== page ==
In 1957, the college was among the first of the HBCU’s to receive full accreditation from the Southern Association of Colleges and Schools. The Board of Regents granted the school university status in 1996, and Fort Valley State College became Fort Valley State University, A State and Land-Grant University. Located in the town of Fort Valley in Peach County, the university had a Fall 2007 enrollment of approximately 2,560 students.

Albany State University

Joseph Winthrop Holley founded Albany State University in 1903 as the Albany Bible and Manual Training Institution. Born to former slaves in South Carolina and educated in the Northeast, Holley returned to the South to start a school in Albany, Ga., after reading The Souls of Black Folk, W. E. B Du Bois’ work on the plight of black people in this city. With the help of a $2,600 gift from a benefactor in Massachusetts, Holley organized a board of trustees and purchased 50 acres of land for the Albany Bible and Manual Training Institute.

The institution first received financial support from the state of Georgia in 1917. Designated as an agricultural and teacher training college, the institute was renamed The Georgia Normal and Agricultural College. In 1932, the college became part of the newly formed University System of Georgia. Granted four-year status and renamed Albany State College in 1943, the school’s enrollment increased, and the college began offering its first graduate programs in 1981. The Board of Regents granted the institution university status in 1996, at which time it was renamed Albany State University. This past fall, the university enrolled a record 4,000 students pursuing bachelor’s, master’s and education specialist degrees, as well as a variety of non-degree educational programs.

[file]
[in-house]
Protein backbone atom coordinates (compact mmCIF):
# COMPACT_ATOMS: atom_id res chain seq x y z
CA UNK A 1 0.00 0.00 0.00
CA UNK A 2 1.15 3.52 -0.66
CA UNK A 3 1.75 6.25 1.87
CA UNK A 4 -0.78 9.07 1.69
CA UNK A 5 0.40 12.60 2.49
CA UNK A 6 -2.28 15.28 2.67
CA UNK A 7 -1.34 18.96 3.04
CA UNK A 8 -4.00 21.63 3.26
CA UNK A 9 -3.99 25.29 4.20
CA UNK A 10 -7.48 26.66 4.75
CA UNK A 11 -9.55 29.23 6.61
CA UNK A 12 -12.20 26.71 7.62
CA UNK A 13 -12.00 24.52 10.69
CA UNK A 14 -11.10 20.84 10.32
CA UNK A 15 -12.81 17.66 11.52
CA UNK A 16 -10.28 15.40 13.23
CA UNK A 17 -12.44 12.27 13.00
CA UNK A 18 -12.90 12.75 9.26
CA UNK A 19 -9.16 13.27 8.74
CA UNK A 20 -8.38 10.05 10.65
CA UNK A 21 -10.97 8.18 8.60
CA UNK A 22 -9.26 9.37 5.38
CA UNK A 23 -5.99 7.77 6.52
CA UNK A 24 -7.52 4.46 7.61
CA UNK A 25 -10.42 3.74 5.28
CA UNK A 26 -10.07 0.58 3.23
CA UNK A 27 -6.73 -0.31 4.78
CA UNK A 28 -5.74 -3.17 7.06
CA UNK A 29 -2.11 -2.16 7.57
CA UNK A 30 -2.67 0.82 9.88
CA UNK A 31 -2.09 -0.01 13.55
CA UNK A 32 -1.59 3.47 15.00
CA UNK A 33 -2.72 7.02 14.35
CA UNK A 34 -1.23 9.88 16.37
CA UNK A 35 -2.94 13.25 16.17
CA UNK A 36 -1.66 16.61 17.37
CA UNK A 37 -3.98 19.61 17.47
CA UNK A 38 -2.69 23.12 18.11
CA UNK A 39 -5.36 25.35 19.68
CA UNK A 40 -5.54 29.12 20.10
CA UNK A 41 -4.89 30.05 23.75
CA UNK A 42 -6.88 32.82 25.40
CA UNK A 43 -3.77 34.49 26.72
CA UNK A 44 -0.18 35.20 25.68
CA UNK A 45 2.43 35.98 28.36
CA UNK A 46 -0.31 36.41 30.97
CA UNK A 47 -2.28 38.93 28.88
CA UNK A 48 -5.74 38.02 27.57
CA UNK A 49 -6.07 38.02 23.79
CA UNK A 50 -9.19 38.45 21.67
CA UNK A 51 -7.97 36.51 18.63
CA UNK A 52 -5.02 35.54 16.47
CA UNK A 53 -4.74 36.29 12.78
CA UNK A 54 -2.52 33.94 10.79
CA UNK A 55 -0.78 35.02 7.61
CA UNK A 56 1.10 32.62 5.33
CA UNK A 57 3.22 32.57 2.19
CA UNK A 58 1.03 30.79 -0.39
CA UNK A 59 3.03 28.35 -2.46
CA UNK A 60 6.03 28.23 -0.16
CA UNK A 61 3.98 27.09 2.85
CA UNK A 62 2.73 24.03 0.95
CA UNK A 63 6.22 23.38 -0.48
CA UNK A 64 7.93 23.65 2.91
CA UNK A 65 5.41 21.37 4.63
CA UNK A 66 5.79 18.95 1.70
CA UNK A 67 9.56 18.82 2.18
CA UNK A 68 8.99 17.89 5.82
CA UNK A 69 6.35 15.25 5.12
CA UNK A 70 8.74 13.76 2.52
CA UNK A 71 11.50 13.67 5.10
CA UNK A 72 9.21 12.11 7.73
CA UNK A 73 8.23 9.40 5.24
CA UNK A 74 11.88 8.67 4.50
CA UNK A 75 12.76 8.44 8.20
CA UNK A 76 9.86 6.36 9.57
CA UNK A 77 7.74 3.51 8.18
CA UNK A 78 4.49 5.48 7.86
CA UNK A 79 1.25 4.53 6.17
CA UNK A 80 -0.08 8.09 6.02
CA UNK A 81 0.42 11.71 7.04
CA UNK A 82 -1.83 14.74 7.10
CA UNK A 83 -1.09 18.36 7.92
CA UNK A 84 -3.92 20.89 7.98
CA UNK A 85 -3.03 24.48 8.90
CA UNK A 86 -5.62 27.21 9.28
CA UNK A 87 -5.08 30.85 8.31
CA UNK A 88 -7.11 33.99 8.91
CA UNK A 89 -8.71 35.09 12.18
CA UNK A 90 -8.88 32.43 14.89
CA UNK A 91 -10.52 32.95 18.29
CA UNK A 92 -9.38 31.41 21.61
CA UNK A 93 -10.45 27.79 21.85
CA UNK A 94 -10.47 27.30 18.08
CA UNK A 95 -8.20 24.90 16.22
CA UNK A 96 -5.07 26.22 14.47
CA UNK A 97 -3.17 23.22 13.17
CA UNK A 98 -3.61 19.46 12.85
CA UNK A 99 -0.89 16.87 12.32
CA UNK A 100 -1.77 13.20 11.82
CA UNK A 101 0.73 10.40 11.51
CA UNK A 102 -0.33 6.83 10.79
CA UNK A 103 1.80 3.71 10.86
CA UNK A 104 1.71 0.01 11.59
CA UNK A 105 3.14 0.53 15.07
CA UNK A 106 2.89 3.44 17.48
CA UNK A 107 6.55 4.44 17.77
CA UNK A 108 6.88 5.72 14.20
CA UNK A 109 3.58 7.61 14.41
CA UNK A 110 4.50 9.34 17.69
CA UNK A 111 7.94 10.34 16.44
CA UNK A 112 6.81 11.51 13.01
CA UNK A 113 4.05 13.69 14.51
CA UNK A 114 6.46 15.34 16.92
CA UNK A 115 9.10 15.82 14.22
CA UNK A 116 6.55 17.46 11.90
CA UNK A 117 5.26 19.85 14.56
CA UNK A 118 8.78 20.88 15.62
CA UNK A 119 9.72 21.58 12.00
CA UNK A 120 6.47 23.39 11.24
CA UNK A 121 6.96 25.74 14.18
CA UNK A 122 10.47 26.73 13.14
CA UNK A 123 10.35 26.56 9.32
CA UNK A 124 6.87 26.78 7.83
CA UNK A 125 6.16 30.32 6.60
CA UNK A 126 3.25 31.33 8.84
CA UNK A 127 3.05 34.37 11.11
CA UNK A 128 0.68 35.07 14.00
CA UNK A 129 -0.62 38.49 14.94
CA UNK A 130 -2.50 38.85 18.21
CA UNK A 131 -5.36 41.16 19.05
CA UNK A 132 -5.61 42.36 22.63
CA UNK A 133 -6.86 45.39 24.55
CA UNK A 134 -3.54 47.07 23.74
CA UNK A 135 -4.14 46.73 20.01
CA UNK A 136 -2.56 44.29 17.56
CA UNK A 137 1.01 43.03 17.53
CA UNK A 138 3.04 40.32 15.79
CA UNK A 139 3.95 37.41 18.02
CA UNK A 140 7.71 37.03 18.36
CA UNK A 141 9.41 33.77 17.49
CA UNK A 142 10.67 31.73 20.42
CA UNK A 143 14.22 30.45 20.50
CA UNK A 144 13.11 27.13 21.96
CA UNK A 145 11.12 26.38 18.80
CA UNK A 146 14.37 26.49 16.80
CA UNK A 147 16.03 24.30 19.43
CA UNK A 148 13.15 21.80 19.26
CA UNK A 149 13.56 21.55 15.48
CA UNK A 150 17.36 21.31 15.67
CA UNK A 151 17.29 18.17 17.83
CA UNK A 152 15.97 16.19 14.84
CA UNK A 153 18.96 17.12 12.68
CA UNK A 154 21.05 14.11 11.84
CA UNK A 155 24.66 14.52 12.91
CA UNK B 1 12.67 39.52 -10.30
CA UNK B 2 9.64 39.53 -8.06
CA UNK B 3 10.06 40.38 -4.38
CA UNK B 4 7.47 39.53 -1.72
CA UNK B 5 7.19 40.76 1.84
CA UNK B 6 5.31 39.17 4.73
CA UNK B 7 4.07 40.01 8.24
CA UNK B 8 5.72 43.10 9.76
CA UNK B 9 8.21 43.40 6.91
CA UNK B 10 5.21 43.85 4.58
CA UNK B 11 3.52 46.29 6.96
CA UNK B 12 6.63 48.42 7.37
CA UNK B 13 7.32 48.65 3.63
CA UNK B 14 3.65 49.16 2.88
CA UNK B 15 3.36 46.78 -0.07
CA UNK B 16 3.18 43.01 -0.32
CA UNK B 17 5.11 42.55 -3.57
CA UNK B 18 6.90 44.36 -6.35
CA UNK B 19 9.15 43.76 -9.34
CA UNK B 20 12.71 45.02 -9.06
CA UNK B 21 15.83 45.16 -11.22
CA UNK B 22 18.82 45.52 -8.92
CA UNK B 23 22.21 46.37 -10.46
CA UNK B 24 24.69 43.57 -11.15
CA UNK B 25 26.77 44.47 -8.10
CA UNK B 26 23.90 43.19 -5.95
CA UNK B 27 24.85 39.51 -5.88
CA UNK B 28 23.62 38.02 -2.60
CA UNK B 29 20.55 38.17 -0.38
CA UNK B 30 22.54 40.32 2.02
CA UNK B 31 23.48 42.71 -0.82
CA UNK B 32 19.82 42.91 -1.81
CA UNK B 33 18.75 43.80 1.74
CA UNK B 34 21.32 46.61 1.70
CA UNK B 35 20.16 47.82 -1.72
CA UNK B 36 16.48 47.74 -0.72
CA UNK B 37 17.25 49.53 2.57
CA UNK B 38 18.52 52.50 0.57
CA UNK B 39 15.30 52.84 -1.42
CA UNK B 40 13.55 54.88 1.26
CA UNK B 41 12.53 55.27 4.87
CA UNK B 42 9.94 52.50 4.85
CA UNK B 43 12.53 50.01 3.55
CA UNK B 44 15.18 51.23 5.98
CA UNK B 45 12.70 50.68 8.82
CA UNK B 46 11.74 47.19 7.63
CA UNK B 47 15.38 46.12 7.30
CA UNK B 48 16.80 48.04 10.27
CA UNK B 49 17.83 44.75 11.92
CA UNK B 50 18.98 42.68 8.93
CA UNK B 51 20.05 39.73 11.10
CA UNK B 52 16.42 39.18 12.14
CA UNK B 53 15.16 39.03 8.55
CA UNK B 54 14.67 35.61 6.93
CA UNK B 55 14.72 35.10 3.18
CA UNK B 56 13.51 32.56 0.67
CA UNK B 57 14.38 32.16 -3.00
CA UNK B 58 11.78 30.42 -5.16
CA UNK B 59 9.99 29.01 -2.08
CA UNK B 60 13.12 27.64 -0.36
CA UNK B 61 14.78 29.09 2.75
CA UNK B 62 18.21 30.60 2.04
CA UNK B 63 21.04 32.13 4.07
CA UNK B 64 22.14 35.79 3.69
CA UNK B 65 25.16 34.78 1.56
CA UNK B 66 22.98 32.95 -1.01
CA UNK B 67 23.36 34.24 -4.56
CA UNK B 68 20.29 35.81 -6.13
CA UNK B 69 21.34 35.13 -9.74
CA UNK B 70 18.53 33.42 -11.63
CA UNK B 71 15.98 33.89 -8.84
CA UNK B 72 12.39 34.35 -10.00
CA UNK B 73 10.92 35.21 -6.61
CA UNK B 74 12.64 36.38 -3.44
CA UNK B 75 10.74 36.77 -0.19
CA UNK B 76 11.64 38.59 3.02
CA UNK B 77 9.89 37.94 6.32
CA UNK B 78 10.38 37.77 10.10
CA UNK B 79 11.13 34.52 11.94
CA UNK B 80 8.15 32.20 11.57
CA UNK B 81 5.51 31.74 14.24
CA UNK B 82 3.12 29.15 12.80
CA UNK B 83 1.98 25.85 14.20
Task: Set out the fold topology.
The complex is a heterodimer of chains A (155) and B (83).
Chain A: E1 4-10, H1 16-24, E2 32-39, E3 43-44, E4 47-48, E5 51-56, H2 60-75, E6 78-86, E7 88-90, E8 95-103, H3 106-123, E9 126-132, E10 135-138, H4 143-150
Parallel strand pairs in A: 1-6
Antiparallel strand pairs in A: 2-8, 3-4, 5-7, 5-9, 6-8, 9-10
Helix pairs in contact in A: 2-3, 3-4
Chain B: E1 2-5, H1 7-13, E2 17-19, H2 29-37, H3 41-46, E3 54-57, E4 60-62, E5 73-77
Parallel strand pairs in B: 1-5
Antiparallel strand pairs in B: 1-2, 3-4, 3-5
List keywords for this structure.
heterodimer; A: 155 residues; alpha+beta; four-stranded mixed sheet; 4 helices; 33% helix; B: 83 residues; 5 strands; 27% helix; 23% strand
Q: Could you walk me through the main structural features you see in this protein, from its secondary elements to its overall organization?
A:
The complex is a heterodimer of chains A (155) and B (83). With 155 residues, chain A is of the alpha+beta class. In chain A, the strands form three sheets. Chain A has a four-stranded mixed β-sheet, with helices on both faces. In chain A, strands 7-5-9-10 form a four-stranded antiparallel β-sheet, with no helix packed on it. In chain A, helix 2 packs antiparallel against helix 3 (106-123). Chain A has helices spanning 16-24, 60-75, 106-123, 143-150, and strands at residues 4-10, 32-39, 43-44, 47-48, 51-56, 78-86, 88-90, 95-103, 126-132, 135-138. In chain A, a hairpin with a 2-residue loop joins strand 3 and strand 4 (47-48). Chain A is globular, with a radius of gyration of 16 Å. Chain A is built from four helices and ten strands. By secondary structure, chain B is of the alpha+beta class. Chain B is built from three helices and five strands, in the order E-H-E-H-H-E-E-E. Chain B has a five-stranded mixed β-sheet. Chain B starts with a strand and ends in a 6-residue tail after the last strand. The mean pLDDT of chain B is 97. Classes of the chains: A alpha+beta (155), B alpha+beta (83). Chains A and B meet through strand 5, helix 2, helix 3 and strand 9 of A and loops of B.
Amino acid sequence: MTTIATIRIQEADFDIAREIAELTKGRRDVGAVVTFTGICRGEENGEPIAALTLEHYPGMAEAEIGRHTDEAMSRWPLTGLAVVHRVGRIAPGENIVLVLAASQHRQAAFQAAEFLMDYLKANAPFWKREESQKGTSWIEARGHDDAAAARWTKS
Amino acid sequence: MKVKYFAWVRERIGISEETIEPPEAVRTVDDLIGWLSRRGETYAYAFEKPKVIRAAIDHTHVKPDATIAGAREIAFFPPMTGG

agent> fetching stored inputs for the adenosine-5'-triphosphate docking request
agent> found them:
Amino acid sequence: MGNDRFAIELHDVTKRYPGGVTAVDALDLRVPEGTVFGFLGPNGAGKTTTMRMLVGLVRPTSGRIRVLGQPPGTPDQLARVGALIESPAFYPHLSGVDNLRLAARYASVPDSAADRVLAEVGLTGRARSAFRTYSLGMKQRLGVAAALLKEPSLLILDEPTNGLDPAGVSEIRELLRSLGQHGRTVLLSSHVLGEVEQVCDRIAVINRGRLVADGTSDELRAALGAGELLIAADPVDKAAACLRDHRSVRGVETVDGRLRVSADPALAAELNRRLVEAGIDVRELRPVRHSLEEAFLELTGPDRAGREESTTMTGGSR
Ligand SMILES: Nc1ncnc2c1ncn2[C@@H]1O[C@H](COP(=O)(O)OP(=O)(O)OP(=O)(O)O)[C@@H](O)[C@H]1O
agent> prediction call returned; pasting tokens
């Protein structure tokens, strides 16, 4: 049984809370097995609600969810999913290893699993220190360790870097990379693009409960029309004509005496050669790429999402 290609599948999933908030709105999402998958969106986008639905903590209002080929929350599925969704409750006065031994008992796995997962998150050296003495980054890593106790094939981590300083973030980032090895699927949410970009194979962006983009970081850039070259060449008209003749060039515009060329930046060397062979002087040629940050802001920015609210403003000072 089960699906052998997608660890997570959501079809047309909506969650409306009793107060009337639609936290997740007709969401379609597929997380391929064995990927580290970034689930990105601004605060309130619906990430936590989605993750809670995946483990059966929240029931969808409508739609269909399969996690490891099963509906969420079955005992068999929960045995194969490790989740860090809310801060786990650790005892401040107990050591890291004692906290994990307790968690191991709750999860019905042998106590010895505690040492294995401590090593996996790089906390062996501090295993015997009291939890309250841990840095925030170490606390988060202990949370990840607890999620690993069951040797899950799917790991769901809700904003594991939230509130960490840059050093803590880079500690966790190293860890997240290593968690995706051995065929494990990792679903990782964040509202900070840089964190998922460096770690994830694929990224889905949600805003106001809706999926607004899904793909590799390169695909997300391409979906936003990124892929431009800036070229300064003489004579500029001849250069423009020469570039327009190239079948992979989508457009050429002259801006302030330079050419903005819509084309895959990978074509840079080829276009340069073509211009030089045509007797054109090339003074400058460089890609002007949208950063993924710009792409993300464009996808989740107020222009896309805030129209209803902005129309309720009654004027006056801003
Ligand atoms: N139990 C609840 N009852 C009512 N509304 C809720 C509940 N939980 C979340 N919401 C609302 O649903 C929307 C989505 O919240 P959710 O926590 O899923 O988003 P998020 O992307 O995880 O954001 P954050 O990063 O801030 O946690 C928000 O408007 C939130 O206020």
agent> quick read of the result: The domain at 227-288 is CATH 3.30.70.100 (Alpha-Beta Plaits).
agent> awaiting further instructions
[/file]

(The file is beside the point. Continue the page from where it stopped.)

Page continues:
BACKGROUND ON DR. CHARLES ELMORE: Elmore, a tenured professor of humanities and chair of the Department of Mass Communications, has authored numerous historical monographs, books and articles. He was named a Regents Distinguished Professor of Teaching and Learning during 1997-1998 and received the 1999 Governors Award in the Humanities from Gov. Roy Barnes. His work has been cited in the Washington Post, Savannah Morning News, and The Atlanta Constitution. Under Elmore’s leadership, Savannah State University’s Department of Mass Communications was accredited in May 2007 by the Accrediting Council on Education in Journalism and Mass Communications (ACEJMC), joining the University of Georgia in Athens as the only other mass-communications program in the state of Georgia to achieve that accreditation.

Learn more about it

Visit the online New Georgia Encyclopedia for an in depth history of each of The University System of Georgia’s Historically Black Colleges and Universities.

Visit the following sites for more information on Dr. Charles J. Elmore and his upcoming speaking engagements.